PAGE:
Sunday

20th Aug 2017

Brexit vote prompted rebound in pro-EU feeling

  • Europeans wanted to stay part of the EU, but to have more say on their own affairs (Photo: Paul Lloyd)

Europeans appreciate the EU more than they did before Brexit, but want more say over their own affairs, including in referendums on EU membership.

A new survey by US pollster Pew, out on Thursday (15 June), showed that pro-EU feeling rose by 18 points in Germany and France and by some 15 and 13 points in the Netherlands and Spain, respectively, in the year after the Brexit vote.

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  • Merkel is seen as becoming too powerful (Photo: elysee.fr)

It went up 10 points in the UK itself and also climbed in Greece, Hungary, Poland, and Sweden, but went down slightly in Italy.

The rebound coincided with increased confidence in national economies, Pew said, even though almost half of Europeans disapproved of the EU’s economic policies - a disapproval rating that reached sky-high levels in southern Europe, where the EU has become associated with heartless austerity.

The general pro-EU rebound also coincided with most people’s thoughts that Brexit would be a “bad thing” for the UK.

The Brexit schadenfreude hit 80 percent in Germany and over 60 percent in France, the Netherlands, Spain, and Sweden.

It was blunted by equally high levels of people who felt that Brexit would also be bad for the EU.

But in the UK itself, Brexit remorse was voiced by 48 percent of people, compared to just 44 percent who believed that it would end well.

Pew’s findings were matched at the ballot box in recent months, with victory denied to anti-EU parties in The Netherlands and France. Similarly, in the UK, the ruling Conservative party, which had called for a hard Brexit, almost lost their power in the general election on 8 June.

But for any European Commission spokespersons who might like to use the findings in their press conferences, the survey also said that most Europeans would like to have their own say on the EU in UK-type referendums.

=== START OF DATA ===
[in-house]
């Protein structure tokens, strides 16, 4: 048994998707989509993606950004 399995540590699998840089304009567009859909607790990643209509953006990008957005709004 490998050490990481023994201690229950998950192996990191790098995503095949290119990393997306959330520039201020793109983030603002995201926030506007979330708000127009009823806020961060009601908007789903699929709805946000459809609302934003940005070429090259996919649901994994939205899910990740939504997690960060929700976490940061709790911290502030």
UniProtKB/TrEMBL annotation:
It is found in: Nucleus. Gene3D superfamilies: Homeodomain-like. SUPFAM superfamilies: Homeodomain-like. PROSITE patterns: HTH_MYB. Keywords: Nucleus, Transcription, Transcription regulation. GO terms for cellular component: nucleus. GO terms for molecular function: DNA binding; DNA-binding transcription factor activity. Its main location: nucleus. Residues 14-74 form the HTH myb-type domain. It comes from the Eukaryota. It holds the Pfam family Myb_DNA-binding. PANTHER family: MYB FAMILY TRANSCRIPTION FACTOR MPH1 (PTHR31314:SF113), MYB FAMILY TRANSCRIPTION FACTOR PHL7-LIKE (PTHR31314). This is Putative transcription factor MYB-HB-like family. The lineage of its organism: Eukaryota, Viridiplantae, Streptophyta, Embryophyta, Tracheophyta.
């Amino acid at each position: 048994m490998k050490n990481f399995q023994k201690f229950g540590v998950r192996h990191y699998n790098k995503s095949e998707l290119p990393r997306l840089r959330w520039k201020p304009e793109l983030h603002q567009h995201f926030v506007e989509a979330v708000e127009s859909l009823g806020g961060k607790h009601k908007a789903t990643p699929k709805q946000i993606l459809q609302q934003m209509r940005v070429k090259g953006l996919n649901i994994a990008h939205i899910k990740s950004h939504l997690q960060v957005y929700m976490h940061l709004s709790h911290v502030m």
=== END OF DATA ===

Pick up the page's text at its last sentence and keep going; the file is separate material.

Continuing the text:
Very few people actually wanted their country to leave the bloc - just 18 percent overall.

But 65 percent of Spanish people and 61 percent of French people said they wanted a Brexit-type referendum, as did more than 50 percent of respondents in Germany, Poland, Sweden, and Italy.

The survey also found that the EU had misjudged the public mood by imposing migrant relocation quotas on its member states and by pushing to negotiate trade deals en bloc.

Sixty-six percent of people overall disapproved of the EU’s handling of the refugee crisis.

The feeling was the strongest in Greece (91%) and Italy (81%), which both faced migrant bottlenecks due to lack of EU solidarity on migrant sharing, but it was also high in Germany (59%) and Sweden (78%), which took in the most refugees, as well as in Hungary (66%) and Poland (65%), which have boycotted the commissions’ migrant quotas.

The vast majority (74%) said they wanted their own governments to decide on who gets to reside in their countries.

A smaller majority (51%) also said their own leaders should negotiate trade deals instead of leaving the matter up to the EU - sentiments that were reflected in this year’s near rupture of an EU-Canada trade deal (Ceta) and in long-standing protests against a planned EU-US trade accord (TTIP).

Pew noted that with the UK set to leave the bloc, Germany would become even more powerful in the EU.

Most Europeans (71%), with the exception of Greece, had a favourable view of Berlin and of German leader chancellor Angela Merkel (52%).

But almost half of people overall said Germany had too much sway over EU decisions, in sentiments that hit the highest levels in Greece, Italy, and Spain, which were the principal targets of German-led austerity policies, as well as in Hungary and Poland, which dislike Merkel's open-door policy on migrants.

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